Kansas City area residents are getting fatter. They’re wasting more money traveling on congested roads. And our air too often is unhealthy to breathe.
But better news is also available.
Local trails are expanding. Traffic fatalities and injuries are falling. Bridge conditions in both states are improving.
These facts and many more are contained in “Transportation Outlook 2040,” released this week by the Mid-America Regional Council.
The report reveals meaningful trends for transportation and is especially valuable because it contains data going back years, sometimes decades.
A few notable findings:
• Transit ridership on both sides of the state line in 2011 reached its highest level since 1996. That’s encouraging, except ... annual ridership was almost as high in 1999, 2001 and 2007 before reaching its highest mark in 2008.
So even after Kansas City taxpayers have poured tens of millions of extra dollars into the dominant transit agency, the Area Transportation Authority, in recent years, regional ridership is still stagnant.
• The vast majority — 83 percent of people — drove to work alone in 2011, roughly the average for the last six years.
Also, the average number of vehicle occupants was 1.06 in 2011, which is pretty darn low, given the environmental benefits of more people traveling in fewer cars. Lesson learned: Local motorists still love driving alone, despite high gas prices and transit alternatives.
• MARC supports the MetroGreen trails program, which aims to build 1,144 miles of pathway in the area for walkers, runners and bicyclists. While progress is being made, only 242 miles of pathways have been completed over the last two decades.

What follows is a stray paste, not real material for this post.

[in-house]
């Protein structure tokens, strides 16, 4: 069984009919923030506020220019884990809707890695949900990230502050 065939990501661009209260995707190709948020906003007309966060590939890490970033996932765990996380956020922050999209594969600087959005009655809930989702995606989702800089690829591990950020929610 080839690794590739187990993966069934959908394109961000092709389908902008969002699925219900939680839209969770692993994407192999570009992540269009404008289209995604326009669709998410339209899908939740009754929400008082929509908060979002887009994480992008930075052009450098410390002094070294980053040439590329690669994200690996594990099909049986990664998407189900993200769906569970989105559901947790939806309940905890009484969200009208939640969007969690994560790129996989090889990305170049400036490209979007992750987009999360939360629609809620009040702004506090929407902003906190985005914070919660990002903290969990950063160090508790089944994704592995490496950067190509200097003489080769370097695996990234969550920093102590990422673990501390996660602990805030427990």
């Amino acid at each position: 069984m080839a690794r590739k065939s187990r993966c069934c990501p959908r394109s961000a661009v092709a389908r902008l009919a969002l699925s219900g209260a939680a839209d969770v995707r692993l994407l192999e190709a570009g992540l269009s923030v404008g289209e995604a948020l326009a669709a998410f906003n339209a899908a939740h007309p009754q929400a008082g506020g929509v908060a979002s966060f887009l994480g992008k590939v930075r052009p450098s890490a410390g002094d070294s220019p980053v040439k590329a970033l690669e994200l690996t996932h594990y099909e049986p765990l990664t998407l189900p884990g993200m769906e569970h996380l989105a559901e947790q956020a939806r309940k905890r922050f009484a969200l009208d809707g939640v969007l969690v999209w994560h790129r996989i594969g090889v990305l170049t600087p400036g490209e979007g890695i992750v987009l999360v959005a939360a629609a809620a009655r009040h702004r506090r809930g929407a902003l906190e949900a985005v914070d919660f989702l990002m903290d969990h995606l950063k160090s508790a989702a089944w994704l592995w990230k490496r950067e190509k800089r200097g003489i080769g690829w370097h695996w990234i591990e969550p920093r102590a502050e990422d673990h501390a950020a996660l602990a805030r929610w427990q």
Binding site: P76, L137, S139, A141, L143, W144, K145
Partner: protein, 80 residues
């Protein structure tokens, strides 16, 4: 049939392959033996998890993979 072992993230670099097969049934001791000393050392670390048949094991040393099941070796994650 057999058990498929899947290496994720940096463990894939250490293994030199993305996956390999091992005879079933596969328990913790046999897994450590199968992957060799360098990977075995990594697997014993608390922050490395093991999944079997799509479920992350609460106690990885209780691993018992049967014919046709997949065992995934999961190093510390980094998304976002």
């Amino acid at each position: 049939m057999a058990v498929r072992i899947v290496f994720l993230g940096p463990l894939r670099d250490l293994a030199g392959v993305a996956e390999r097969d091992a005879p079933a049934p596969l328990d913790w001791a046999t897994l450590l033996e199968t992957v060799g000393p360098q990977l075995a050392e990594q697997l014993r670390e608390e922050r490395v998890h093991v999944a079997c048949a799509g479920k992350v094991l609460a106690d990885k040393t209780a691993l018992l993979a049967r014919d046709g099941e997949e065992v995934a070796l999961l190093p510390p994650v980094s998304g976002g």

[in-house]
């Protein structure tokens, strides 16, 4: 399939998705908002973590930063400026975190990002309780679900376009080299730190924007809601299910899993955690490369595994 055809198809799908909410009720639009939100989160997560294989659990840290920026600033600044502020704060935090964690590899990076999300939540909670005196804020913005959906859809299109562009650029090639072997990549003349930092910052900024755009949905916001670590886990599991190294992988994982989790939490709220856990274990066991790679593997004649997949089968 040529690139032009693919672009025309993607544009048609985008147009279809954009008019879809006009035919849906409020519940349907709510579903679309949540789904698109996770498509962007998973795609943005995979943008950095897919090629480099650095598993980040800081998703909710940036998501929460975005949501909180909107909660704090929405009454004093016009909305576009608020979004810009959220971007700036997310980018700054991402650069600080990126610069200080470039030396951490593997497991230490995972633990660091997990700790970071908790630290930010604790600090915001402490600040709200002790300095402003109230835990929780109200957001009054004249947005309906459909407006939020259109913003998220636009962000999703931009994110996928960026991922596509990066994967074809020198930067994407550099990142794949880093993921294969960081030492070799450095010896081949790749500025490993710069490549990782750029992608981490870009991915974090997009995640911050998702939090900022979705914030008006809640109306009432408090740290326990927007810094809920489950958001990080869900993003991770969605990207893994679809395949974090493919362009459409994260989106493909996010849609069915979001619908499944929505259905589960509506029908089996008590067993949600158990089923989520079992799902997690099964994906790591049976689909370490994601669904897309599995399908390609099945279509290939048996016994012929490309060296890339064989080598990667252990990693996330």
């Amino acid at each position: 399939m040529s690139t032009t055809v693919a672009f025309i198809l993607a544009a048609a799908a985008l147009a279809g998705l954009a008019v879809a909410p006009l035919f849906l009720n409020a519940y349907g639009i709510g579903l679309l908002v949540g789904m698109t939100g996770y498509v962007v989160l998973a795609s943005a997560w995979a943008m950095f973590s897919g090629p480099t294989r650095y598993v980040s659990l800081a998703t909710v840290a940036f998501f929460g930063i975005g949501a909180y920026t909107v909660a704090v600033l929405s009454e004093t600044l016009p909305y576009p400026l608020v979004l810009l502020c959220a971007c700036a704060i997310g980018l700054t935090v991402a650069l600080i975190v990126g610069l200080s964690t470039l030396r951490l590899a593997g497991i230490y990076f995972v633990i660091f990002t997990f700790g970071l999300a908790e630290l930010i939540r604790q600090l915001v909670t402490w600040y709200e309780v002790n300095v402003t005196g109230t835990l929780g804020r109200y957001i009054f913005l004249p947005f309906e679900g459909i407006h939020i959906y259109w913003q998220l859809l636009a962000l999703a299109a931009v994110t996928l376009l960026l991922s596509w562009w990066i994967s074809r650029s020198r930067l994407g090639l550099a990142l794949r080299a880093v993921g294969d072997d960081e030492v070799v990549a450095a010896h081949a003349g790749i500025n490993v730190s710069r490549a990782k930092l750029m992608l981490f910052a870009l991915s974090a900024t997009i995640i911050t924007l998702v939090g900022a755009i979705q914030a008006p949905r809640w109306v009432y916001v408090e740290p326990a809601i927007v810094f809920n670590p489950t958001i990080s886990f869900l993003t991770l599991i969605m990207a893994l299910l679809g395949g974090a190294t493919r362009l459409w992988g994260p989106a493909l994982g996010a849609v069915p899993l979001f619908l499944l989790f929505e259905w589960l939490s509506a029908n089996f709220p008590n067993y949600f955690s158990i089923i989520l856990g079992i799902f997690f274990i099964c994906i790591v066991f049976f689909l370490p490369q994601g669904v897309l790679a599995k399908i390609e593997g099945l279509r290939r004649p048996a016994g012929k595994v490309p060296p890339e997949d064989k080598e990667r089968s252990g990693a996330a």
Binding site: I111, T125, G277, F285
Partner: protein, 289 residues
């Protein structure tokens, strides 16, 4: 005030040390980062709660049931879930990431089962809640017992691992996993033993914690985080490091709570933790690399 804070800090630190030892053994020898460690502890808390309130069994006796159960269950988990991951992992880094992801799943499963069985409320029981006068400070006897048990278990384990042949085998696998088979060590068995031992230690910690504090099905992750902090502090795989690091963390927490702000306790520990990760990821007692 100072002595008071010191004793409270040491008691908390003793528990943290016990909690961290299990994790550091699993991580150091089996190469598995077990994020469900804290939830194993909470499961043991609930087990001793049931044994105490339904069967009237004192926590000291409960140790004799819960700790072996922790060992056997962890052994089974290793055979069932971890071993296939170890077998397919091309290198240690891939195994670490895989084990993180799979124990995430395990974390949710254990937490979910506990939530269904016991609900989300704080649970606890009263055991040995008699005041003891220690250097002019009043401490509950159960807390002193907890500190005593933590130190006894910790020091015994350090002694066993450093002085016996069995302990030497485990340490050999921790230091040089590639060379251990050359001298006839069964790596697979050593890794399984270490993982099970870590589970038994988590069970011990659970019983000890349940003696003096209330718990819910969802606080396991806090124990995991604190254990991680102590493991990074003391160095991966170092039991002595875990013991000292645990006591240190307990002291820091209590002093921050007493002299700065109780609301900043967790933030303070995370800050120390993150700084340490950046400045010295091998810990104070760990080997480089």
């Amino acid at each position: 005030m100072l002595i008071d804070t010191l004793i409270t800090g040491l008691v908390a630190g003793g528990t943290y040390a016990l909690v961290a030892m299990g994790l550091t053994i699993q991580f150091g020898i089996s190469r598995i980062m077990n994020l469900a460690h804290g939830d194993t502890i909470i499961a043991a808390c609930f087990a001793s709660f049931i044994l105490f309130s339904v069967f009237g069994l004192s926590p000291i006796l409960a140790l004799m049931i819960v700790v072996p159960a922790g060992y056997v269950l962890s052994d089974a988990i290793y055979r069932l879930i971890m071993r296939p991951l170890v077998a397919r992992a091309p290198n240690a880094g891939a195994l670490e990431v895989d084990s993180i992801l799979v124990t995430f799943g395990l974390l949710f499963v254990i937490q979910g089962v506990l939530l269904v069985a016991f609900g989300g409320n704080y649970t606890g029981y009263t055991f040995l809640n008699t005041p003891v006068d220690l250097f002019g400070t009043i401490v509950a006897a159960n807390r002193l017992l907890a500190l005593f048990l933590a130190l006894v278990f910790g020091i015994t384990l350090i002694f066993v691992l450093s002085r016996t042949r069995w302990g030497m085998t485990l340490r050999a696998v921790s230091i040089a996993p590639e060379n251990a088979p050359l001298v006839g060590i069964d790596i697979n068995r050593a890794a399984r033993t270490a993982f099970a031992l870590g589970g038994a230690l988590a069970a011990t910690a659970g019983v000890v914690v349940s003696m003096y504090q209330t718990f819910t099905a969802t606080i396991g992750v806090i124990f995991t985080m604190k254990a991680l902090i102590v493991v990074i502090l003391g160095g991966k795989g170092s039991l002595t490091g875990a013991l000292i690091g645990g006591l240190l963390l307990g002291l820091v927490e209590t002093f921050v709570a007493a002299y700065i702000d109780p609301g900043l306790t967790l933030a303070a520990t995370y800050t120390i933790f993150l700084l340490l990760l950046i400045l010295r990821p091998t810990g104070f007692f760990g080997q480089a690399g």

At this pace, MetroGreen will be completed in, oh, around 2088. That’s not satisfactory, and the region needs to ramp up this key project.
• The costs of congestion — such as the value of lost time waiting in stalled traffic plus the expense of wasted fuel — rose to $584 per commuter in 2011. That’s still lower, though, than costs were through much of the late 1990s and early 2000s, and our rate is still below the average of other large urban areas.
• MARC is trying to encourage walking and bicycling as a way to reduce harmful pollutants from vehicles. The strategy isn’t working, broadly speaking.
Last year, the number of ozone pollution violations in the region hit 23, the most recorded in 20 years. And the three-year average of ground-level ozone readings also ticked up in the latest period.
• This region’s failure to embrace healthy modes of transportation also becomes a factor when it comes to obesity. In 2010, 29.5 percent of area adults were classified as obese, the highest since figures were first recorded in 2002.
• The number of fatalities and disabling injuries per 100,000 vehicle miles traveled fell in 2011 to its second lowest rate since 2000. That means reduced costs for time lost at work and for medical bills. Some primary helpful factors are better engineering for streets, stronger traffic enforcement measures and educational campaigns for drivers.
• Finally, the percentage of structurally deficient bridges on both sides of the state line dipped under 10 percent in 2011, the lowest figure in two decades.
The MARC report gives Kansas Citians a good look at whether their total transportation system is safe, good for the environment and cost-effective.
The latest study reveals there’s plenty of room for improvement.